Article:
Work with startup nonprofits for as long as we have, and you’re bound to hear virtually every idea someone could come up with. We had a lot of fun in our last post exploring the terrible ideas people have that simply won’t work. Most are terrible not because they are twisted or underhanded, but rather they are just not well thought out.
There are, however, GREAT reasons to start a nonprofit, and here’s a few of the best ones. And if you read the “Worst Reasons” post, you may be surprised to see one entry on both lists!
Yes, it’s true, I hammered on this one last time as one of the worst reasons to start a nonprofit. But assuming the right motivation, and the dedication to see it through, a new 501(c)(3) startup might be the ideal 2nd career for someone.
The average age of the nonprofit social entrepreneur definitely skews a bit older than the average business founder, at least by a few years. Often this can be because someone has entered that period of life where they have slain their dragons and conquered some financial goals. Now they have entered a season of reflection and have a desire to invest their second career benefiting others.
As we stated in the earlier article, though, the 2nd career founder needs to weigh the costs and ensure they’re up to the task of starting and operating what amounts to a business.
Number 4 is a bit tricky. I’m not necessarily talking about someone who is purposely launching a new charity. I’m assuming here that the person in question is planning to launch a new business of some sort. But if you were to study their business plan, it’s evident that the best entity model to fit the plan is a nonprofit. It’s like they back into the nonprofit model instead of intentionally designing it that way from the beginning.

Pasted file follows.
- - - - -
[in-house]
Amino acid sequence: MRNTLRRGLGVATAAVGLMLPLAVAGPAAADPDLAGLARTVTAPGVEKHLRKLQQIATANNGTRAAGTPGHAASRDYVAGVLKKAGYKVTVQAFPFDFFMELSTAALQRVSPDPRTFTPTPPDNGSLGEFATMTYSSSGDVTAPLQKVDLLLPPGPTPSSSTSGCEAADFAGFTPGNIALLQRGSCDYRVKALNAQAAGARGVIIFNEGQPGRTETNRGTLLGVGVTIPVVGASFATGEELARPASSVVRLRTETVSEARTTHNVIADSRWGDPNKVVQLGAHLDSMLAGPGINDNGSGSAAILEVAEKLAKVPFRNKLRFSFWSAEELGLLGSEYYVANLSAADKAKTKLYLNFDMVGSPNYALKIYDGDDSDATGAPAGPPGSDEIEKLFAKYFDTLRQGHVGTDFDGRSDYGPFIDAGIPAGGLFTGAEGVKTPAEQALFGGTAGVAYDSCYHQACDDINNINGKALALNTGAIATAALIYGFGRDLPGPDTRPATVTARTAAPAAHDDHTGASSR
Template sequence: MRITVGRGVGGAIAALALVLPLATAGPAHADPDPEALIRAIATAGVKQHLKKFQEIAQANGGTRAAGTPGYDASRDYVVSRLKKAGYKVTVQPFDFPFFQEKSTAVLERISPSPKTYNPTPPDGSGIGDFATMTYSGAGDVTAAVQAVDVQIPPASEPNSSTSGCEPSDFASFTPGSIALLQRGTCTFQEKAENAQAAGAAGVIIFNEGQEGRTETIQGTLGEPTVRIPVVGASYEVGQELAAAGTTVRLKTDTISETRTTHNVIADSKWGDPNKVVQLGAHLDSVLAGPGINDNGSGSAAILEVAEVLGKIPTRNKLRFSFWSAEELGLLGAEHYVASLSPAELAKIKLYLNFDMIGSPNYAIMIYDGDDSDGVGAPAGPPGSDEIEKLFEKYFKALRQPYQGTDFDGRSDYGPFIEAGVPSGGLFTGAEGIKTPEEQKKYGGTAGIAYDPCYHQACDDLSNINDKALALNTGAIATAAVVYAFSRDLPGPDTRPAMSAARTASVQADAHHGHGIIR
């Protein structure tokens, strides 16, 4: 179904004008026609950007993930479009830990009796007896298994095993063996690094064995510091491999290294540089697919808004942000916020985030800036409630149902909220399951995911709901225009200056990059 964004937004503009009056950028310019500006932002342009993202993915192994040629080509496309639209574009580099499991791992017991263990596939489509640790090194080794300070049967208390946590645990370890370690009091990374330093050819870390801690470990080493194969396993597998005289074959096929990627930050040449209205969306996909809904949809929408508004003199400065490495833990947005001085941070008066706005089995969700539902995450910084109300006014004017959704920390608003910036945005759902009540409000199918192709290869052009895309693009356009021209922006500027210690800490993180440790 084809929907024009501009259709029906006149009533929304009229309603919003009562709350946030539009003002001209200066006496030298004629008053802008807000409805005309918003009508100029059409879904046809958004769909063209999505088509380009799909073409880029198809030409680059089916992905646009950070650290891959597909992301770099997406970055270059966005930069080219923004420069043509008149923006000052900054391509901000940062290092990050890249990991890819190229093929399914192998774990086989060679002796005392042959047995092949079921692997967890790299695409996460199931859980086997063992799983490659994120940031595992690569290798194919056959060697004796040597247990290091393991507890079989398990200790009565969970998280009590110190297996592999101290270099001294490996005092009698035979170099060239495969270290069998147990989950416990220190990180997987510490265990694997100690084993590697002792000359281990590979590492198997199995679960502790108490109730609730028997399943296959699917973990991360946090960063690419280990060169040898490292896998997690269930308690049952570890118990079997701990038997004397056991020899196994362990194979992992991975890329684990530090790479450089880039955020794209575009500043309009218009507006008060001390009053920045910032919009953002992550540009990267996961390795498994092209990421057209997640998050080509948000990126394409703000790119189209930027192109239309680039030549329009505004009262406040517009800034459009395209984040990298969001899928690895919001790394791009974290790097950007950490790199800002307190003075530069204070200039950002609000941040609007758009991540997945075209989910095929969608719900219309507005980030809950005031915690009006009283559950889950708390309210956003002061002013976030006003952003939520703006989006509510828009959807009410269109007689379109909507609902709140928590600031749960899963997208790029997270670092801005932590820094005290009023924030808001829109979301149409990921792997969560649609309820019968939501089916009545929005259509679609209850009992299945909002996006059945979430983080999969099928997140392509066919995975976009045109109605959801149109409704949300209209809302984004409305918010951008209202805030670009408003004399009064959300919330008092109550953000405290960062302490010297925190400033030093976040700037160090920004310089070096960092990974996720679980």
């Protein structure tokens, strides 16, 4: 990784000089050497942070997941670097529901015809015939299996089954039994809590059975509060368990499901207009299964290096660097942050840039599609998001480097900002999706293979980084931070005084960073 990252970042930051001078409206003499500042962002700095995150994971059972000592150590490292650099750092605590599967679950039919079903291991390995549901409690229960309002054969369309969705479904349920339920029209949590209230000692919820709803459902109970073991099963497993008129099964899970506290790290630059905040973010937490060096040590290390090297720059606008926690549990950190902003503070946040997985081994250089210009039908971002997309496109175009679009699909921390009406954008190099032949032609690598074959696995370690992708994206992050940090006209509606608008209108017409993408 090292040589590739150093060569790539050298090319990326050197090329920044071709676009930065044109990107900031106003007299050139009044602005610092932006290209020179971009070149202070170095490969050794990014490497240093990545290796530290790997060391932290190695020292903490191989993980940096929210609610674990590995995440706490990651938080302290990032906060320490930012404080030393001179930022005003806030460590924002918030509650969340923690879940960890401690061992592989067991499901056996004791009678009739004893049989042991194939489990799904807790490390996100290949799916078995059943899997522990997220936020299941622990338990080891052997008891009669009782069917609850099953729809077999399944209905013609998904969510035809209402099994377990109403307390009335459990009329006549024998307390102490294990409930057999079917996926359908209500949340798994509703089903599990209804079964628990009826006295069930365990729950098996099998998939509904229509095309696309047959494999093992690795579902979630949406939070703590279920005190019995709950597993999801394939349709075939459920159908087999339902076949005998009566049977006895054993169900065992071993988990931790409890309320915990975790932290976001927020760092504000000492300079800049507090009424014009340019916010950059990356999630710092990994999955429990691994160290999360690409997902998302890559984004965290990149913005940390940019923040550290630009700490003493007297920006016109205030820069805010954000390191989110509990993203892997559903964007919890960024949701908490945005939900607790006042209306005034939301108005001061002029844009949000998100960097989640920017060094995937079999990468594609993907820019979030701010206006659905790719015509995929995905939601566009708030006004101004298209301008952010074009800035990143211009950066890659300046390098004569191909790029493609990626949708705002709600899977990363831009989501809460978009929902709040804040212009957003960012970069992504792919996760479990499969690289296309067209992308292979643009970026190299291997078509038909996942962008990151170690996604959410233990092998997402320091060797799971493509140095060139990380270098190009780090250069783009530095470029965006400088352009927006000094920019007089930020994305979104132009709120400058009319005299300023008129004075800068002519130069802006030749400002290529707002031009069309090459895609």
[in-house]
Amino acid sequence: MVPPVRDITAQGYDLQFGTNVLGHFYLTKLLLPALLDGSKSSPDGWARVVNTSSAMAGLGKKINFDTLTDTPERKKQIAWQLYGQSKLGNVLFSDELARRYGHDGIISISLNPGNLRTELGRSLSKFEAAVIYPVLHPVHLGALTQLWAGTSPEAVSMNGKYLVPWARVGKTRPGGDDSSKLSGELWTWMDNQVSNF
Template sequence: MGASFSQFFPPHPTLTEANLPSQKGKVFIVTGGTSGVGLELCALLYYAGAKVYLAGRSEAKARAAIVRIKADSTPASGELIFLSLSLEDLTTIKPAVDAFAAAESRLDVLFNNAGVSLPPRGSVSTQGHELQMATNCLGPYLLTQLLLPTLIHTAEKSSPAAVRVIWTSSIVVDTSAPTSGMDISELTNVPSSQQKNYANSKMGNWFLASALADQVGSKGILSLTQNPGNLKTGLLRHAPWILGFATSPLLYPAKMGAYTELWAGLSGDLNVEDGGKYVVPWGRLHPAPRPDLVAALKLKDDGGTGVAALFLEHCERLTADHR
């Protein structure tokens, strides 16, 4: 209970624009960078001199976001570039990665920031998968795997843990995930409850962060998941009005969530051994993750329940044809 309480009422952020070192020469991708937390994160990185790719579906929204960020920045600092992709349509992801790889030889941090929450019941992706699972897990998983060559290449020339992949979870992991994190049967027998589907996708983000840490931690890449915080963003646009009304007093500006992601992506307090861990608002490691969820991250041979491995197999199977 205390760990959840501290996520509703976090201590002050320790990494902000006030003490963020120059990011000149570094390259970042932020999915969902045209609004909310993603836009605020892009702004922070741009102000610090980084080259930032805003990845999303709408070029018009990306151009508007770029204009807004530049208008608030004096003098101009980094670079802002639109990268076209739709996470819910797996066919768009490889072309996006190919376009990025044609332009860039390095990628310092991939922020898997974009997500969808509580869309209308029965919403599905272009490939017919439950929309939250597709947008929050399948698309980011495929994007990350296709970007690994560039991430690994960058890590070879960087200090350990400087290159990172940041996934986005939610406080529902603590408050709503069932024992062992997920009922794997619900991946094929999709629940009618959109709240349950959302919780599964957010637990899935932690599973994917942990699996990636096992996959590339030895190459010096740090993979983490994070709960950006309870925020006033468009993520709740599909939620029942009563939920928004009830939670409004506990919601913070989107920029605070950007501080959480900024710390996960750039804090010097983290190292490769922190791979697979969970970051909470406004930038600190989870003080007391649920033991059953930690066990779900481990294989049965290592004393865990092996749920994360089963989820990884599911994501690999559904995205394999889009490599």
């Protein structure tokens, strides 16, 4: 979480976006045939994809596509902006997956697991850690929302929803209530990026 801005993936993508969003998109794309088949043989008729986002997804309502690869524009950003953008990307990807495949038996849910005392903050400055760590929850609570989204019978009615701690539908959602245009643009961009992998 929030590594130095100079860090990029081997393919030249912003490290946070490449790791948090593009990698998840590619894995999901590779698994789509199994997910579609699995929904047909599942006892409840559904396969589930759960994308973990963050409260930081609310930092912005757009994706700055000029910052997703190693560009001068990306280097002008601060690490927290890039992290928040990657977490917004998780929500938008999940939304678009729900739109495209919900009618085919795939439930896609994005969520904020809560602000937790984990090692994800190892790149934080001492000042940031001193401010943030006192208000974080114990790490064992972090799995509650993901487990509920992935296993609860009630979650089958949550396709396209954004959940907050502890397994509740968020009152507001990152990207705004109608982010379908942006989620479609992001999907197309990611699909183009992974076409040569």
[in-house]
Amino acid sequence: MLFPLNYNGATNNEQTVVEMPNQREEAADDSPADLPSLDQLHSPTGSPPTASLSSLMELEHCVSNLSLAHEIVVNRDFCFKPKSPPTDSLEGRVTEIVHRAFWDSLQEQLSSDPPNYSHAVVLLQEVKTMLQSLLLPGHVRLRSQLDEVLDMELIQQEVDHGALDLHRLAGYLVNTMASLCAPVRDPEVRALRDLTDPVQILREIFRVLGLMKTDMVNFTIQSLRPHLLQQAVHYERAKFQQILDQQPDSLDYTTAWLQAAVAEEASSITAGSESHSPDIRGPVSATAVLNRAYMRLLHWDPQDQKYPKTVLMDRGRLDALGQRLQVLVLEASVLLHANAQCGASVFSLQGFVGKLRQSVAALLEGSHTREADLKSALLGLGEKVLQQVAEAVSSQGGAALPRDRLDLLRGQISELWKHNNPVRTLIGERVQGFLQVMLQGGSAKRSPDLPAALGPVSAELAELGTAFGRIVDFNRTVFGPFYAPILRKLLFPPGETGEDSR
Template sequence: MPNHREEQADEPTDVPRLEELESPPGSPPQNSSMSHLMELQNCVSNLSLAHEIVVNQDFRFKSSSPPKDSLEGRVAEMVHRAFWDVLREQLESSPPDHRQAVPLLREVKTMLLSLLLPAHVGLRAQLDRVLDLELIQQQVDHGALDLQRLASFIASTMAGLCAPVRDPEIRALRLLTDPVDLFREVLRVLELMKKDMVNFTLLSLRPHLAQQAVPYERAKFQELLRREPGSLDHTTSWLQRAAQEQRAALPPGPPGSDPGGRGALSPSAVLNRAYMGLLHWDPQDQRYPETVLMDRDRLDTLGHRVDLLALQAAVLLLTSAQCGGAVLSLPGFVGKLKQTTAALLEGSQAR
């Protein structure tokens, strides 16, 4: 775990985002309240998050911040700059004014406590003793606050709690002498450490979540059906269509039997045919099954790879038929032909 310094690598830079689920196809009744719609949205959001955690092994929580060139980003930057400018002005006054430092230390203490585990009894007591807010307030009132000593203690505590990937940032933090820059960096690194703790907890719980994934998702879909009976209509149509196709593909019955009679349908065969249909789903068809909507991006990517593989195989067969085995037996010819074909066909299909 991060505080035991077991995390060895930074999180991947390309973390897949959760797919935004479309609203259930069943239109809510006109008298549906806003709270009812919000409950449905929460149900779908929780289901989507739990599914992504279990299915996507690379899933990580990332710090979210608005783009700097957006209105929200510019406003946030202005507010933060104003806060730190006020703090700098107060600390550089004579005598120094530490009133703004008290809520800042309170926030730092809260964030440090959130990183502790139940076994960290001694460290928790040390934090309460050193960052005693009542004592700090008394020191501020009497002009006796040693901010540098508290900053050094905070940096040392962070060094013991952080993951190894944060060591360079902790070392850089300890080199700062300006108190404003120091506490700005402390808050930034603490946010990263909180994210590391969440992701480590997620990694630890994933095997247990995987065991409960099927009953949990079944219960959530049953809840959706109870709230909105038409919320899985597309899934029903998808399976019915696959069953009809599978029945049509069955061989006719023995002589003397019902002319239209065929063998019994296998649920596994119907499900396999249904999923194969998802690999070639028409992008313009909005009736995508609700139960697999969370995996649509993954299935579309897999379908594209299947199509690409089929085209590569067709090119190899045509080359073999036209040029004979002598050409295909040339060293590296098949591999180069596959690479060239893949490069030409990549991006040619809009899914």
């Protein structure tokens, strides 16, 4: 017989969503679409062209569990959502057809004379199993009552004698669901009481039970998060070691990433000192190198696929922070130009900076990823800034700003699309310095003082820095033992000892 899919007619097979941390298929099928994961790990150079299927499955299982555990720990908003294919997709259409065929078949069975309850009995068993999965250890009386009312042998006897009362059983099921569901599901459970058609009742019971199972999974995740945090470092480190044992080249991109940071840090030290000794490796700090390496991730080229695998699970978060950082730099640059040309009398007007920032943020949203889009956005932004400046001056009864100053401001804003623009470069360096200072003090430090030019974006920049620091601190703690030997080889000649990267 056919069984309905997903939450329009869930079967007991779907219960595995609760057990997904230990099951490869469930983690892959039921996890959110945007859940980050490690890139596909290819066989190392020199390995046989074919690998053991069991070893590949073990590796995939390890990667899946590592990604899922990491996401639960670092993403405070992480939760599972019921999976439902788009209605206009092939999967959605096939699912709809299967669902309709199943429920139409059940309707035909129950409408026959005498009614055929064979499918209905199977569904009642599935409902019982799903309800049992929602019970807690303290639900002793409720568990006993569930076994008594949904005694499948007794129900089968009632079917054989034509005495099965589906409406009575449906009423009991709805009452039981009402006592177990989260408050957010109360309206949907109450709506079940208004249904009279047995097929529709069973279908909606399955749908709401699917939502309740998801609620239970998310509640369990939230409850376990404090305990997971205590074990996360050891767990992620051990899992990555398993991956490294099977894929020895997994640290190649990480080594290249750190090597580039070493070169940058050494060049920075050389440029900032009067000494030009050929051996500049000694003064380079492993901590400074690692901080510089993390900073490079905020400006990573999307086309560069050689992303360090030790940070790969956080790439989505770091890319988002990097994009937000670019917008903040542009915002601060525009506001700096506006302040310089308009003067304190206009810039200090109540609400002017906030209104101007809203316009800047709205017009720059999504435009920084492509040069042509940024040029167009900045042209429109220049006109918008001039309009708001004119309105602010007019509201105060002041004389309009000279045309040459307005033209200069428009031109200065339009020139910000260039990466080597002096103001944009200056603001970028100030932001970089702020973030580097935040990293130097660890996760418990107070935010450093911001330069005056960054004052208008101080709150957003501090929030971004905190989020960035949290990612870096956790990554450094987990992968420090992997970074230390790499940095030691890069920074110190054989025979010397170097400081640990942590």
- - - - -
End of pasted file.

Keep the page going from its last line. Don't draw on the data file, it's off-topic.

This happens more than you might think. This founder is sketching out their plan for a business, and either they or someone advising them realizes that the plan they’re sketching out would actually function best as a nonprofit. If that’s the case, then proceed accordingly.
The only rub with this approach coming late into the business planning process is that starting a nonprofit is substantially different that starting a business. We’ve covered this topic extensively elsewhere, but it’s critical to remember that no one owns a nonprofit, and the founders are not entitled to the profits if there are any. These two realities alone may have a huge impact on any decision to actually proceed as a nonprofit.
This one may strike some as being a bit mystical, especially if you’re not particularly religious. But following the promptings of God…or the universe, if you’re more of a new-age kinda person…is a very common refrain we hear from prospective founders.
In reality, most people we talk to who say they are following a calling are starting a religious nonprofit, though certainly not all. You might be surprised to learn that 40 of America’s top 50 charities by revenue size are faith-based. And while there are a variety of motivations one has when starting a religious organization, most founders of these types of nonprofits will tell you that they believe they are answering the call of God to do this.